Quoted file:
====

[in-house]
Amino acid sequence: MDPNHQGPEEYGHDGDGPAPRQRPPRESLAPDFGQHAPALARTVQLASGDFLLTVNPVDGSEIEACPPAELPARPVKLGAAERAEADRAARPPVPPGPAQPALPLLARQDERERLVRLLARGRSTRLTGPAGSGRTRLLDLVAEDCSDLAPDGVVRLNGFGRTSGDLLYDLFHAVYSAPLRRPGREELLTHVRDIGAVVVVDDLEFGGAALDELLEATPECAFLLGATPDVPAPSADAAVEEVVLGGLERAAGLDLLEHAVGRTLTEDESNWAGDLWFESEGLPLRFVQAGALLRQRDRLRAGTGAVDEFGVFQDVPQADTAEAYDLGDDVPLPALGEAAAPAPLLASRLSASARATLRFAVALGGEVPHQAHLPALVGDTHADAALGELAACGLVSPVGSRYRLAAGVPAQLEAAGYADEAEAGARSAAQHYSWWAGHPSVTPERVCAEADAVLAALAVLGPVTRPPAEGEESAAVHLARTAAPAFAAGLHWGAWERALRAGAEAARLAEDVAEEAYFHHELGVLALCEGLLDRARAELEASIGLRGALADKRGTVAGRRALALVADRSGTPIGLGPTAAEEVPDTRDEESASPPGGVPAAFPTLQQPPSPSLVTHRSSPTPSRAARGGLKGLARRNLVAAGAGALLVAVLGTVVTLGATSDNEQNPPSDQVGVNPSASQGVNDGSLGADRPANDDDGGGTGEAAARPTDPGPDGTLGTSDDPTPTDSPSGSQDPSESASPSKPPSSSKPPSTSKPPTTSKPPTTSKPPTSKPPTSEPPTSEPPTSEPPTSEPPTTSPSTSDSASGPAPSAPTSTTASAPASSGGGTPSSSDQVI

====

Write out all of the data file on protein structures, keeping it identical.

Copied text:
[in-house]
Amino acid sequence: MDPNHQGPEEYGHDGDGPAPRQRPPRESLAPDFGQHAPALARTVQLASGDFLLTVNPVDGSEIEACPPAELPARPVKLGAAERAEADRAARPPVPPGPAQPALPLLARQDERERLVRLLARGRSTRLTGPAGSGRTRLLDLVAEDCSDLAPDGVVRLNGFGRTSGDLLYDLFHAVYSAPLRRPGREELLTHVRDIGAVVVVDDLEFGGAALDELLEATPECAFLLGATPDVPAPSADAAVEEVVLGGLERAAGLDLLEHAVGRTLTEDESNWAGDLWFESEGLPLRFVQAGALLRQRDRLRAGTGAVDEFGVFQDVPQADTAEAYDLGDDVPLPALGEAAAPAPLLASRLSASARATLRFAVALGGEVPHQAHLPALVGDTHADAALGELAACGLVSPVGSRYRLAAGVPAQLEAAGYADEAEAGARSAAQHYSWWAGHPSVTPERVCAEADAVLAALAVLGPVTRPPAEGEESAAVHLARTAAPAFAAGLHWGAWERALRAGAEAARLAEDVAEEAYFHHELGVLALCEGLLDRARAELEASIGLRGALADKRGTVAGRRALALVADRSGTPIGLGPTAAEEVPDTRDEESASPPGGVPAAFPTLQQPPSPSLVTHRSSPTPSRAARGGLKGLARRNLVAAGAGALLVAVLGTVVTLGATSDNEQNPPSDQVGVNPSASQGVNDGSLGADRPANDDDGGGTGEAAARPTDPGPDGTLGTSDDPTPTDSPSGSQDPSESASPSKPPSSSKPPSTSKPPTTSKPPTTSKPPTSKPPTSEPPTSEPPTSEPPTSEPPTTSPSTSDSASGPAPSAPTSTTASAPASSGGGTPSSSDQVI